DOT Director to retire and his successor has been named

 

Mike Patterson

 

Oklahoma Department of Transportation Executive Director Mike Patterson announced that he will retire April 1 after a nearly 40 year career with the agency.

In addition to his leadership of ODOT, Patterson was also appointed to be Gov. Mary Fallin’s Secretary of Transportation in 2017.

The Oklahoma Transportation Commission announced the appointment of Tim Gatz as the new Executive Director of the Oklahoma Department of Transportation effective April 1, following a unanimous vote at its Monday, Feb. 11 meeting.

Gatz currently serves as the Secretary of Transportation and the Executive Director of the Oklahoma Turnpike Authority, responsibilities he will retain in addition to his role at ODOT. He will succeed Mike Patterson, who has served as ODOT’s Executive Director since 2013.

“Secretary Gatz’s successful career at ODOT, his leadership of the Oklahoma Turnpike Authority and his nomination to the post of Secretary of Transportation show that he is eminently qualified to lead ODOT in serving the needs of the people, businesses and communities of Oklahoma,” Transportation Commission Chairman David Burrage said. “The commission’s unanimous vote of confidence speaks to the trust that has been placed in him to lead the state’s transportation efforts.”

Gatz began his transportation career in 1990 as a Draftsman at ODOT and rose through the ranks, becoming Deputy Director in 2013. He left ODOT in 2016 to head the state’s turnpike agency, which he has been leading through its largest expansion program in history.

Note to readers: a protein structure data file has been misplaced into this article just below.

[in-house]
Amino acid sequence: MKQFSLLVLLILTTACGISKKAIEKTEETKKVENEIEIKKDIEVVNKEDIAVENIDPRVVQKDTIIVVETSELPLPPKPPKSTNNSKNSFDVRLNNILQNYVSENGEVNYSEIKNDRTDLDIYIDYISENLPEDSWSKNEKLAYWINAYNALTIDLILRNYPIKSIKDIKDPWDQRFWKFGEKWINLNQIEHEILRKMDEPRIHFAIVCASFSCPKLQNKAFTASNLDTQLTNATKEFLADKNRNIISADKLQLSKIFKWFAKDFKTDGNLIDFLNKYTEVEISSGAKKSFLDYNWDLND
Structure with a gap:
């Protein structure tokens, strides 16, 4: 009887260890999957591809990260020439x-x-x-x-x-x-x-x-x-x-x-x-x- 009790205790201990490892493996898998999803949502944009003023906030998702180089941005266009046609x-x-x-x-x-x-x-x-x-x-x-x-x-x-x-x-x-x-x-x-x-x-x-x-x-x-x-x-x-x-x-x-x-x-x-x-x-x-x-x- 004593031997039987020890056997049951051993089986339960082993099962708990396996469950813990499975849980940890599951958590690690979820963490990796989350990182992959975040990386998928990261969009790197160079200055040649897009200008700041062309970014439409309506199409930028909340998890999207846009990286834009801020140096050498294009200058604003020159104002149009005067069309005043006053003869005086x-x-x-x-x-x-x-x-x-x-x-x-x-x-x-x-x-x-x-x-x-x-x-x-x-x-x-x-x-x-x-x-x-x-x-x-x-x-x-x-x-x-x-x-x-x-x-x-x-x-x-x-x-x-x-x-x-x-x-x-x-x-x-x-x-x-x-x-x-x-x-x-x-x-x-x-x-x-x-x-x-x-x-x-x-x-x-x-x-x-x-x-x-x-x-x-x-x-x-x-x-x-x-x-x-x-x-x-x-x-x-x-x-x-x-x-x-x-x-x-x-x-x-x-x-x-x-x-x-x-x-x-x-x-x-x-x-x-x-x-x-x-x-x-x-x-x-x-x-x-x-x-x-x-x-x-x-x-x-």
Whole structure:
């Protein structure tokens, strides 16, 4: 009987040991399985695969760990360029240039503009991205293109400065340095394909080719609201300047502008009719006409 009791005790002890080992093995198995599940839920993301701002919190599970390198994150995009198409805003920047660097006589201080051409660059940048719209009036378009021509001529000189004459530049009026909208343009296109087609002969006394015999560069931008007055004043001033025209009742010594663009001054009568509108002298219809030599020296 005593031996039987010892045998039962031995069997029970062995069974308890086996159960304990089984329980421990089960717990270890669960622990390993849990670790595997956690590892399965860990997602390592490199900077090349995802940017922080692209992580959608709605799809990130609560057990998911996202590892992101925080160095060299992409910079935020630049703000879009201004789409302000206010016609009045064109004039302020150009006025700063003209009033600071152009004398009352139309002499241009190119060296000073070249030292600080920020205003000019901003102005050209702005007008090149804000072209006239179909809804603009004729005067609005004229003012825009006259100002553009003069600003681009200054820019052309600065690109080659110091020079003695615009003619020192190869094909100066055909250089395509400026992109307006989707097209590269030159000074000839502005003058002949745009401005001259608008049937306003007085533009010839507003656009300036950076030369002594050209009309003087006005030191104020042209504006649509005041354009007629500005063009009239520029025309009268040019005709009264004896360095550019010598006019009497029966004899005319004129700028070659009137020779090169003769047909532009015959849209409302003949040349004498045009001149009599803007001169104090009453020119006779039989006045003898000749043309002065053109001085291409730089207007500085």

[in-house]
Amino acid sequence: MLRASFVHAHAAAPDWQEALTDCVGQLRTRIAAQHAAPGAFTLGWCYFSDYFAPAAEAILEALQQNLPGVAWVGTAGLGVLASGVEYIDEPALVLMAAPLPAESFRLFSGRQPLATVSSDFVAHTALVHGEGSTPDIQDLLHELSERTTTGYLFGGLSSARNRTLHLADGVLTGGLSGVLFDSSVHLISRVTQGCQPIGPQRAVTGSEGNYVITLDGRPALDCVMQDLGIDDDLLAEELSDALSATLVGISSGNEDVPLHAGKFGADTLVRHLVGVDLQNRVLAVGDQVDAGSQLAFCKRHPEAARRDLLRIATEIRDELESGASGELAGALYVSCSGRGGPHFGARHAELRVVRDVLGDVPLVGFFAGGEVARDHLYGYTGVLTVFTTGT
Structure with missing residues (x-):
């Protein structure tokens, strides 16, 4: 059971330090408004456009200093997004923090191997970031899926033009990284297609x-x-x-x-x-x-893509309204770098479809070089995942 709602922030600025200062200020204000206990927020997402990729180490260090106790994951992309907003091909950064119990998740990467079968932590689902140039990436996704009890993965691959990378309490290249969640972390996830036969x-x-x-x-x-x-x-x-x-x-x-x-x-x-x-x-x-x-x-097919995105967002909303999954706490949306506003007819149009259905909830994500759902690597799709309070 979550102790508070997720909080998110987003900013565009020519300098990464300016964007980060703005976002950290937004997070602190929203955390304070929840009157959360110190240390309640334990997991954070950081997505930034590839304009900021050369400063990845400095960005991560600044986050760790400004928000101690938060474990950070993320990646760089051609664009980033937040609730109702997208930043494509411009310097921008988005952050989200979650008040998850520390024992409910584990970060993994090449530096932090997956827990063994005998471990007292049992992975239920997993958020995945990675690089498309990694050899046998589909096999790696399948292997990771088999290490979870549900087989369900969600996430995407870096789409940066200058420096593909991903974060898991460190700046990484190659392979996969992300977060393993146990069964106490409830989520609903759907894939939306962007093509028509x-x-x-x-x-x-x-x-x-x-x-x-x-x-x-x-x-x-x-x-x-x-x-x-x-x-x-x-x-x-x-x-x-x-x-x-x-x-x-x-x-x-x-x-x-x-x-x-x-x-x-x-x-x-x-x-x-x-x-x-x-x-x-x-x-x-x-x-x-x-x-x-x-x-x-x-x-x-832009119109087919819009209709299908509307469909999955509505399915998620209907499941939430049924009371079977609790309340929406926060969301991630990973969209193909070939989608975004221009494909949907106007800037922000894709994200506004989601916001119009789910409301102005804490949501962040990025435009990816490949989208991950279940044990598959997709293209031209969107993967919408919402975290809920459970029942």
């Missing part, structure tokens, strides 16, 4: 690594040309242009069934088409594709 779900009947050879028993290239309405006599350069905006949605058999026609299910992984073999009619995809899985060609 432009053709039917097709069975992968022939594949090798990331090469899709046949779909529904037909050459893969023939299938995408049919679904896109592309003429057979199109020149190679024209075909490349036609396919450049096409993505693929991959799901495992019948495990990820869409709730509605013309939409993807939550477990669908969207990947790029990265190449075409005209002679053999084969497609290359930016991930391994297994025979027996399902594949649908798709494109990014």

Outgoing Executive Director Mike Patterson will retire in April. His career with ODOT began nearly 40 years ago, when he joined the agency as Deputy Comptroller in 1980. He subsequently served as Comptroller, Director of Finance and Administration, Deputy Director and eventually Executive Director. In 2017, Gov. Mary Fallin appointed him Secretary of Transportation.

Highlights of his time at ODOT’s helm include the agency nearing its goal of addressing the state’s remaining structurally deficient highway bridges by the end of the decade and major corridor improvements on I-35 in Norman and I-235, SH-74 and the Oklahoma City Boulevard in Oklahoma City. As the agency’s top finance and budget official, Patterson oversaw funding initiatives including the state’s Capital Improvement Program and use of federal Grant Anticipation Revenue Vehicle bonds.

He worked closely with the state legislature as one of the architects of the plan to create the Rebuilding Oklahoma Access and Driver Safety fund and new, dedicated state funding for transportation without new taxes, effectively reversing the decades-long trend of flat funding. More recently, he worked with state lawmakers to make texting while driving illegal and to meet federal mandates allowing for the operation of the Oklahoma City Streetcar.

Patterson’s tenure saw a wider embrace of new technology and innovations including installation of centerline rumble strips on two-lane highways, a working group on autonomous and connected vehicles, conversion of much of the agency’s statewide fleet to Compressed Natural Gas and installation of the state government’s first electric vehicle charging station.

 

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